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SportsColumnistsMark Herrmann

Prestigious Met Open comes to Glen Oaks Club

The pristine Glen Oaks Club in Old Westbury

The pristine Glen Oaks Club in Old Westbury will be the site of this year's Met Open and next year's PGA Tour playoff event. Credit: Patrick E. McCarthy

The eyes of professional golf understandably will be on Bethpage Black this week for the first stop in the PGA Tour’s FedExCup, but they will also be taking a quick peek at Glen Oaks Club in Old Westbury. The 101st Met Open will be held there Tuesday and Wednesday, providing a glimpse at the 2017 FedExCup opener.

Glen Oaks volunteered to host The Northern Trust (the new name for the tournament currently known as The Barclays) next August after Liberty National had to defer because it will host the Presidents Cup next fall. The course near the Long Island Expressway previously had hired former Bethpage superintendent Craig Currier, done a major renovation and agreed to hold this year’s Met Open.

A prestigious tournament in its own right, the Met Open this year will double as a dress rehearsal for the PGA Tour’s appearance. Luster is showing already. Glen Oaks head pro Tim Shifflett said the pro-am on Monday sold out, with 54 foursomes. It was the first sellout since the 2001 Met Open at the Black, a year before the first U.S. Open there.

Golfers, officials and spectators — the Met Open is open to the public, admission is free, tee times are at — will get to see Glen Oaks’ clean, new parkland look. It has touches of Augusta National, where Currier once worked. Shifflett said the course is in excellent shape, regardless of the relentless steamy weather recently.

“We prefer ‘perfect,’ but it’s going to be really good,” the pro said.

What will be particularly interesting is seeing how top local pros, including defending champion Ben Polland, and amateurs perform on the composite course — 18 holes chosen from among Glen Oaks’ 27.

“It’s a ball-hitters’ course, so you can’t fake it,” said Shifflett, who is in the Met Open field. He added that the real challenge is in the varied rough contours around greens. “Do you chip it or use your hybrid? It makes the golfer think.”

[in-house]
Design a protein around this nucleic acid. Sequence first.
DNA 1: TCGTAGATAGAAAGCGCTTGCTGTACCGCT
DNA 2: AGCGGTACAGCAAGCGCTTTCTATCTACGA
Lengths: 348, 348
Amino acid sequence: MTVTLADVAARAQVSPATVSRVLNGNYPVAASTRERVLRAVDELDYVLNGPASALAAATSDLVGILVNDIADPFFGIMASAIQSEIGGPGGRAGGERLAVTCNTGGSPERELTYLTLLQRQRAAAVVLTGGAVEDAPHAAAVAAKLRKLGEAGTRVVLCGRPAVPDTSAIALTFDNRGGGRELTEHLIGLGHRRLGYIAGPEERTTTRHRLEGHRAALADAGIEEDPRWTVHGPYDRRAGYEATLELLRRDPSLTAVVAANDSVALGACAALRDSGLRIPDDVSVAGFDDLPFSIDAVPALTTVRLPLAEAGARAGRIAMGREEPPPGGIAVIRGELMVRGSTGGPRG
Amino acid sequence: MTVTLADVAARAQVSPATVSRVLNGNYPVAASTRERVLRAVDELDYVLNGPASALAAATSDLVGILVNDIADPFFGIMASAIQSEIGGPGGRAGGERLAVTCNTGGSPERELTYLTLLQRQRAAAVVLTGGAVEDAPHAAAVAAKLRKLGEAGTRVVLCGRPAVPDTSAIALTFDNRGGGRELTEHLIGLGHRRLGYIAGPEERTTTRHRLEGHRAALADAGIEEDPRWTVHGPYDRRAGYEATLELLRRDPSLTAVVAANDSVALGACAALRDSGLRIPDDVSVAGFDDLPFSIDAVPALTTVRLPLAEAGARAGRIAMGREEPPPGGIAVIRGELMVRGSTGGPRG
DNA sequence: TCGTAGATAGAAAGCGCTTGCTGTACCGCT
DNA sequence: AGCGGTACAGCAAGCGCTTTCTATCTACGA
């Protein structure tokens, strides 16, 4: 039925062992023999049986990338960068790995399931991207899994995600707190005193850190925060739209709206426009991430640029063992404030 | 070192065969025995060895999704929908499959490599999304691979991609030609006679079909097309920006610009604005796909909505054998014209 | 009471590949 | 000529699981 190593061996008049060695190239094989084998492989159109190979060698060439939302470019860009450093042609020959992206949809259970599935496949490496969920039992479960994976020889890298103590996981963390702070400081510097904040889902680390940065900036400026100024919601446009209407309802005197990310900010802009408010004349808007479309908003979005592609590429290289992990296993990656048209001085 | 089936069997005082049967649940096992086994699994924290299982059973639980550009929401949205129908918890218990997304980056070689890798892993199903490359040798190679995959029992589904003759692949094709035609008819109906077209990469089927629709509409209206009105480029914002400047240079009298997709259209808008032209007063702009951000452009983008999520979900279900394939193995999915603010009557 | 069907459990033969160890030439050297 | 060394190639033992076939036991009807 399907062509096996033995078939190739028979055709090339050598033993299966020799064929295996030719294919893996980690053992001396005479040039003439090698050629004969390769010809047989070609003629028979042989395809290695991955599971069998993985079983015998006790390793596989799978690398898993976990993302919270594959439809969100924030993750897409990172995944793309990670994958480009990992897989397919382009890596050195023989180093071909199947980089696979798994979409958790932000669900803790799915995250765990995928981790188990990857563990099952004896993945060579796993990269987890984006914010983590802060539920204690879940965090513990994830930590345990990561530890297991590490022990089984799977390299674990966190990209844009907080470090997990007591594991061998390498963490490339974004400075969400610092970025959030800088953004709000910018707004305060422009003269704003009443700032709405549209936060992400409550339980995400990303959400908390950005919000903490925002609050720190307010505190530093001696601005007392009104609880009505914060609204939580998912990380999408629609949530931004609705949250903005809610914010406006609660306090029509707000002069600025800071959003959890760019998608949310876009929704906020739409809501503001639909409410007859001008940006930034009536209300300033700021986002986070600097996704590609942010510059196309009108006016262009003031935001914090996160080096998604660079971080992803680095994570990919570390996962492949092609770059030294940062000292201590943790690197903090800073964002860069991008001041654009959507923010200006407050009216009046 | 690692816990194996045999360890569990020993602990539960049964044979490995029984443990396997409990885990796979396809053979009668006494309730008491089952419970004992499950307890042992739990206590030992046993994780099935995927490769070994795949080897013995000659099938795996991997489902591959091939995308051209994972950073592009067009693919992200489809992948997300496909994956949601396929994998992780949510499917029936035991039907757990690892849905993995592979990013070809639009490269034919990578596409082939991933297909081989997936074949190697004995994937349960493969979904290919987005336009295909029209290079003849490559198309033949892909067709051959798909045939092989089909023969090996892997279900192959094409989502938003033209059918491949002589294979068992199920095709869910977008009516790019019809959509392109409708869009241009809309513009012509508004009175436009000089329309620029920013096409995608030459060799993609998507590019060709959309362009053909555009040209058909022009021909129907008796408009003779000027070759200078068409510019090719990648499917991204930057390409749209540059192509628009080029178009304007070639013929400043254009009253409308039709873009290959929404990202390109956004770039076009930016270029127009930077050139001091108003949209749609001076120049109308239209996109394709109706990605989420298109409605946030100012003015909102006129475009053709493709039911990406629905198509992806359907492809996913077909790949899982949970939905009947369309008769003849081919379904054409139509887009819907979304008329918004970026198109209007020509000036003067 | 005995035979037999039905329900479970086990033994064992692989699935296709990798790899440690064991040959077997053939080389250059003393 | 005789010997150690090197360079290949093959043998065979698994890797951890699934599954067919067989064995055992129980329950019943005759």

Rock wins LI Mid-Am

Bradley Rock Jr. of Wheatley Hills Golf Club won the Long Island Mid-Amateur championship for the second consecutive year. He was 3-under-par through 36 holes at Sands Point Golf Club, three shots ahead of Colby Anderson of North Shore Country Club and Don Enga of the Cherry Valley Club.

Double eagle at Mill Pond

John Gannon, a 10 handicap from Farmingdale and member of the traveling Inis Fada Golf Club, was playing the 458-yard par-5 third hole at Mill Pond Golf Club in Medford last week when he hit a 5-iron from 189 yards. It was the shot of his life: a double-eagle 2.

“Unfortunately, I didn’t see it go in,” he said. “The green is slightly elevated and guarded by a bunker. The pin was playing in the front middle of the green just right of the bunker. My shot was straight at the pin and landed just to the right of the bunker.”

He got to the green and saw the ball in the hole, an unforgettable shot in a solid round, a 76.

Family affair at Gardiner’s Bay

Sunday was a huge occasion for Jay Sessa. He won his 15th club championship at Gardiner’s Bay on Shelter Island, on the 40th anniversary of his first title. That was not even his proudest moment of the afternoon. His daughter Samantha, a former standout at Garden City High School and now the No. 1 player on Gettysburg’s NCAA Division III championship team, won the Gardiner’s Bay women’s title for the sixth year in a row…Teddy Lewis, who made the state high school championship this past spring as a junior at Wheatley, won the Glen Head Country Club championship for the third time in the past four years.

Chip shots

Mike Jacobs, director of golf at Rock Hill in Manorville, this week released his book, “Elements of the Swing: Understanding the New Mechanics of Golf.” It is based on new information gleaned from the three-dimensional video swing studies Jacobs does for his students . . . Golfers at Hazeltine National Golf Club in Chaska, Minnesota are hitting off mats instead of grass on par-3 tees to help preserve the course for the Ryder Cup late next month, Minneapolis TV station KARE reported . . . The New Zealand Herald reported that a course in Auckland sustained damage when Pokemon Go players drove onto the property and tore up grass while chasing a rare character.


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